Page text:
Part I : An Introduction to Family Law Mediation
Family Law disputes, whether they involve divorce, paternity cases, disputes over child support or parenting time, or post-divorce cases involving adjustments to prior court orders or agreements, are all the among the most stressful and deeply felt of all legal conflicts. The fact that these issues, by their very nature, involve family and intimate relationships, make them difficult for people to address, and often hard to face – let alone to resolve.
When resolving a family issue intersects with the law and our court system, the personal stakes go up. In addition to the family conflict, there are additional complications of: loss of privacy; involvement of the Court in a personal, family decision; the often adversarial nature of the family law system; the loss or discouragement of communication between the parties; the rigidity of the solutions provided by the law, and, sometimes the biggest concern, the cost of litigation.
Many family laws disputes can only be resolved through resort to the traditional family Court system and litigation. Recent changes to Illinois law, however, are increasingly requiring parties to attempt mediation before a party can bring a family law dispute to Court.
Many people have traditionally viewed mediation as a waste of time in family law cases. Since so many people have such firmly held positions on these highly personal issues, people often have believed that compromise is unlikely. Other people have felt that mediation would amount to nothing more than an attempt to “split the baby” and, thus, not a real effort at creative problem solving.
While these concerns may be legitimate, the growing number of skilled mediators trained in understanding how mediation can benefit families in conflict provides some hope for an alternative to the harsh, rigid and overly public court process. This recent growth in the training of skilled family mediators has resulted in an increase in number of issues and cases that are successfully resolved faster, more cooperatively, and less expensively, than the traditional court process through family law mediation.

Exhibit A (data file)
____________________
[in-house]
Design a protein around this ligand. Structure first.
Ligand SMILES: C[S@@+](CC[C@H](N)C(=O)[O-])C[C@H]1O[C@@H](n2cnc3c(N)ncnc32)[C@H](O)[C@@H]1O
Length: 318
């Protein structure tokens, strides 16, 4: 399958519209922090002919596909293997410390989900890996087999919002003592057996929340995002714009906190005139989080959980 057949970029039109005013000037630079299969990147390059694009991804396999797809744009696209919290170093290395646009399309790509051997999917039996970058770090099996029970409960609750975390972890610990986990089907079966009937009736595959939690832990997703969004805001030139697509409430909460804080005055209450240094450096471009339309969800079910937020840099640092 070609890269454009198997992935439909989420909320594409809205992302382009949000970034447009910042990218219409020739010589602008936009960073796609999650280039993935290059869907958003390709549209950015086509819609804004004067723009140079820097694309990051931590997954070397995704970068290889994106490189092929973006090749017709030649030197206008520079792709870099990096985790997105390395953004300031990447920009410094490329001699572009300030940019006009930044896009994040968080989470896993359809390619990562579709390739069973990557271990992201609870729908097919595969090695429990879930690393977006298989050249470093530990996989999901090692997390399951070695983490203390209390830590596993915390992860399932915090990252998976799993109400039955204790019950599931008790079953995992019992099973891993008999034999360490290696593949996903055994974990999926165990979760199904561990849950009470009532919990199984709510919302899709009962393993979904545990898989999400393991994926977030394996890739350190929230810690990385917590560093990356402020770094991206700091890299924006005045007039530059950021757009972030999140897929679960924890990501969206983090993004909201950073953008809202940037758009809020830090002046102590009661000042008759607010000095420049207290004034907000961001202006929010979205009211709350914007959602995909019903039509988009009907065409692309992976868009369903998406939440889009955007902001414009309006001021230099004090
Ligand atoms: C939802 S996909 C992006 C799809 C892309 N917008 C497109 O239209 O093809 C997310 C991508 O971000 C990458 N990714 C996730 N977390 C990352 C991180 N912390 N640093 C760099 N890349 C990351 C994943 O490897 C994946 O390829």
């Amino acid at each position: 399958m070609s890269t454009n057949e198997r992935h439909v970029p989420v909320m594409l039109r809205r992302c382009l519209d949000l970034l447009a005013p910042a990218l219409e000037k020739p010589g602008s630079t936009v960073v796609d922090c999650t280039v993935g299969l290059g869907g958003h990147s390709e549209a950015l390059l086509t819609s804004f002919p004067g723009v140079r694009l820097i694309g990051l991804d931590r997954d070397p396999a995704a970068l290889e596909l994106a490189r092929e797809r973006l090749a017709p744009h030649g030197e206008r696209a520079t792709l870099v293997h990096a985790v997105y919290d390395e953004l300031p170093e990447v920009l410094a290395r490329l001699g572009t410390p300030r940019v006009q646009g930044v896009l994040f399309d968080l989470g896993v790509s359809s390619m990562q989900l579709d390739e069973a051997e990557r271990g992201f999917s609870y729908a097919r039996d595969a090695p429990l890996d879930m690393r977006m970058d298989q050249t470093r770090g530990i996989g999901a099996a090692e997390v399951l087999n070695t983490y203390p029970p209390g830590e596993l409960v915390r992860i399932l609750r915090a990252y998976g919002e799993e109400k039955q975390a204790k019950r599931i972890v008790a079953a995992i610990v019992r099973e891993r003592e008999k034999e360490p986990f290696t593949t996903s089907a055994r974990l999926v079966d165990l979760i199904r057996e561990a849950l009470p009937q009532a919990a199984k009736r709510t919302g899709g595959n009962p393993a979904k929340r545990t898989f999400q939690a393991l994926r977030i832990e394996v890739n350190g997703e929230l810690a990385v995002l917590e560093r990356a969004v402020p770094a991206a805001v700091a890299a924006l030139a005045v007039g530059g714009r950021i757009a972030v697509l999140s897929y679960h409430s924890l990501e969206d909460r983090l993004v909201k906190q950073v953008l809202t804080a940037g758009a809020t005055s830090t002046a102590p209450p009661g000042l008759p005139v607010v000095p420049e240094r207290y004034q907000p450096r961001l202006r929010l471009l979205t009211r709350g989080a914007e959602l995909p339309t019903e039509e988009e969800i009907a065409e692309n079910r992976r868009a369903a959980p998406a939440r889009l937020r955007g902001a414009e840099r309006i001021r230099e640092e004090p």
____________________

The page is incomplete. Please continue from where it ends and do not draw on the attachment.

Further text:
The Drendel and Jansons Law Group is poised at the cutting edge of this development, with four (4) family law attorneys who have taken extensive training, received certification, and are approved in one or more counties as family law mediators. Carolyn D. Jansons, Roman J. Seckel, and Mark D. Brent are all now certified family law mediators.
Judges are now starting to appoint approved mediators when parties are already in the court-system by virtue of an ongoing case. When judges appoint attorneys to act as mediators, the attorneys meet with the parties with the goal of working toward a resolution of the issues, cooperatively, efficiently, and outside the courtroom.
After a recent, four-day training seminar with the American Academy of Matrimonial Lawyers, attorney Mark D. Brent of the Drendel and Jansons Law Group has been inspired to initiate a new approach of applying mediation to Family Law issues. While this approach is very popular (and sometimes even the norm) in other parts of the country, and it is even used elsewhere in Illinois, mediation has very rarely been used in the Kane/Kendall County area.
Using mediation to resolve family issues that require the intervention of the legal system will be more fully outlined over the coming weeks in this space. Family law mediation is designed to help parties resolve divorces, or other family law disputes, before ever filing a petition or ever entering the formal court system.
With family law mediation, parties considering a divorce (or facing some other family law dispute) retain the mediator together rather than hiring separate attorneys. If the mediator and the parties can work together to reach a solution to all the issues presented, a Mediated Agreement is drawn up by the mediator and signed by the parties. The parties, then, use a different attorney (from the network of other firms who have agreed to pre-arranged, flat-fee rates) to prepare the legal documents necessary to the formal resolution of the issues. If mediation is unsuccessful, the parties may proceed to court with an agreement they have already reached outside of court.
Stay tuned for more details on using mediation to resolve family law issues will appear in this space soon, so please check back frequently. In the meantime, if you would like a free consultation regarding mediation or another family law matter, email [email protected] or call Mark D. Brent at 630-523-0543.Mark D. Brent Drendel & Jansons Law Group 111 Flinn Street |2000 W. Galena Blvd. Batavia, IL 60510 | Aurora, IL 60506 630-523-0543 | 630-517-5130 www.divorcelawyeraurora.com [email protected]